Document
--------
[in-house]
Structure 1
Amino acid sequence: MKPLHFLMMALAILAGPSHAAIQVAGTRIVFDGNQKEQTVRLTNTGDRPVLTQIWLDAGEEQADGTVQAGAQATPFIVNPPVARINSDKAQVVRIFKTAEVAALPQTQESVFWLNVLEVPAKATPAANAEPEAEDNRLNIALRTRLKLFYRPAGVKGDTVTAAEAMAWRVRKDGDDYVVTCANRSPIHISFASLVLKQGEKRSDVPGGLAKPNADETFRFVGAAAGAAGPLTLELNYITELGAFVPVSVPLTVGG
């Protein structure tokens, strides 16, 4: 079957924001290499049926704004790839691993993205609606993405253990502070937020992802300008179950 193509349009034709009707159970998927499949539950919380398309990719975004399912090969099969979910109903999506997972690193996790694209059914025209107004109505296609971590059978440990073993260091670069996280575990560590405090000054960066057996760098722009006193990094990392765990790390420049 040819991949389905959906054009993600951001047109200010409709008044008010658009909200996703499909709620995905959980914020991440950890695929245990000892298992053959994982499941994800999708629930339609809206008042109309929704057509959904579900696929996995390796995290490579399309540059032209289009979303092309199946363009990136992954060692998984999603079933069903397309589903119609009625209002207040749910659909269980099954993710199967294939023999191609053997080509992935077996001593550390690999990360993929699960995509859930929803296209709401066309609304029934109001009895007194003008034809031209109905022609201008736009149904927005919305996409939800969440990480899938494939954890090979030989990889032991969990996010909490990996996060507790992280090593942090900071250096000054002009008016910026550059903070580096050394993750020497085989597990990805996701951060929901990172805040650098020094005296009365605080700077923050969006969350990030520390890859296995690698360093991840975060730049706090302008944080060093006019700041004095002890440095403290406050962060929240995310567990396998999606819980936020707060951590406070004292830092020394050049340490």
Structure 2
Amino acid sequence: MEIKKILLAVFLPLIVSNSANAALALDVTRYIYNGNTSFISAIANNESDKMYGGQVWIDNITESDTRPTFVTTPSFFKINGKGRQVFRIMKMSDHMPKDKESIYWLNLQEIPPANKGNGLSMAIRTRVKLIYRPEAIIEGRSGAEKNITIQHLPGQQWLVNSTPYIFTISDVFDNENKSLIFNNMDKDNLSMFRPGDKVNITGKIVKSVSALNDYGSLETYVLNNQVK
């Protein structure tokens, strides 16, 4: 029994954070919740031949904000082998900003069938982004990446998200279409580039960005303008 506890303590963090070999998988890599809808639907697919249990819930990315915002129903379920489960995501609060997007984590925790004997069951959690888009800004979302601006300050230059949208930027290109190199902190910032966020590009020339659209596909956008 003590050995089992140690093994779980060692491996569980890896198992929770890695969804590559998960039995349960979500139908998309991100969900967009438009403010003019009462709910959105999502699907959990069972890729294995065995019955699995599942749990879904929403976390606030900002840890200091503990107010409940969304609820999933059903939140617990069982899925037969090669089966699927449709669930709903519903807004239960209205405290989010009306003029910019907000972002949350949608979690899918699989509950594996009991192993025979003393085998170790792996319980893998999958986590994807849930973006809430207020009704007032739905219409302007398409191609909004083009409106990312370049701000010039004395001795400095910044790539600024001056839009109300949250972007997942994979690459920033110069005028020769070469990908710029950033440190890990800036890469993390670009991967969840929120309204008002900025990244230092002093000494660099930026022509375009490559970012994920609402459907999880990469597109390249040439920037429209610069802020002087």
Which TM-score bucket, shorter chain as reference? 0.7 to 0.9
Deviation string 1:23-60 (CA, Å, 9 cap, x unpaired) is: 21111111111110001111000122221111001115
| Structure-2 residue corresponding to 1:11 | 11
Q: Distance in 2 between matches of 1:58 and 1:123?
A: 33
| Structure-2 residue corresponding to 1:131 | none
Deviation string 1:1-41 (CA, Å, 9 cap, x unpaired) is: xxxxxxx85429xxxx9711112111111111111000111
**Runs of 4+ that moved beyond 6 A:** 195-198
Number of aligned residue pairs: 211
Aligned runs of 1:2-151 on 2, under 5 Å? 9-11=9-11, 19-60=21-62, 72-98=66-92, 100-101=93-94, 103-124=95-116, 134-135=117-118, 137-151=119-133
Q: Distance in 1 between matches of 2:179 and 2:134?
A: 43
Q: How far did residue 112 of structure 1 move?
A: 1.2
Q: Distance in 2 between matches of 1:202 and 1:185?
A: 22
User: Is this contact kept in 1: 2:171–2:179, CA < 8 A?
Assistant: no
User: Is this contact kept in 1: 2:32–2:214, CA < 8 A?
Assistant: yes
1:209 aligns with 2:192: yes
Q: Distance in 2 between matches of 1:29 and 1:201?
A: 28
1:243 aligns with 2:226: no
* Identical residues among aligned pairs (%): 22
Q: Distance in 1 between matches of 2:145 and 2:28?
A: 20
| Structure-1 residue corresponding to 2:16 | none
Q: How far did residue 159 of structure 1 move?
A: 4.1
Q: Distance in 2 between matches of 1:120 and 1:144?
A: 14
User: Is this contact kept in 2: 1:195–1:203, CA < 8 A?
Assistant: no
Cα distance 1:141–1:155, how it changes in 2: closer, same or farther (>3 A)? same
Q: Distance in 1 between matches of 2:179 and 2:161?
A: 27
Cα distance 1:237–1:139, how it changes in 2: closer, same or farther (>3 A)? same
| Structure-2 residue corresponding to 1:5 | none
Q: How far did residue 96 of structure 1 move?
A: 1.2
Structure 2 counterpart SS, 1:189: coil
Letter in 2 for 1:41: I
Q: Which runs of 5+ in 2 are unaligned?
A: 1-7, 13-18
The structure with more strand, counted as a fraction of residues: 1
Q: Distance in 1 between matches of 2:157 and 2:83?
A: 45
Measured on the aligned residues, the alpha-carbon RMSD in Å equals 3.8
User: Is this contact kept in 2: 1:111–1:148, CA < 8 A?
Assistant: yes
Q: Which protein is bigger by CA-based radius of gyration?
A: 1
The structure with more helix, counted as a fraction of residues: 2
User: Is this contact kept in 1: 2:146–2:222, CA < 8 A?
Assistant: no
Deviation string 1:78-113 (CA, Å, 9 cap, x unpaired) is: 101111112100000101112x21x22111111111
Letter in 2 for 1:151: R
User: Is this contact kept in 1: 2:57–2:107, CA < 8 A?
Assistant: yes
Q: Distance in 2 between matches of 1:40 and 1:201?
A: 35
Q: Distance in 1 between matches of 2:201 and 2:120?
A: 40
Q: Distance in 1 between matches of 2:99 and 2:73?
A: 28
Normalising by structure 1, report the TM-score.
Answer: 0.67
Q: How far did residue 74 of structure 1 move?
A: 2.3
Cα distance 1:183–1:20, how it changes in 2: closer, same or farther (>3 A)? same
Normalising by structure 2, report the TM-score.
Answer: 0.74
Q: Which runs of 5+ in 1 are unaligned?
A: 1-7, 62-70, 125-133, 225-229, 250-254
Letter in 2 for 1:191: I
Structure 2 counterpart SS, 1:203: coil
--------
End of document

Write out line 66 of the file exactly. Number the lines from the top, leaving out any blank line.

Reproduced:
User: Is this contact kept in 1: 2:57–2:107, CA < 8 A?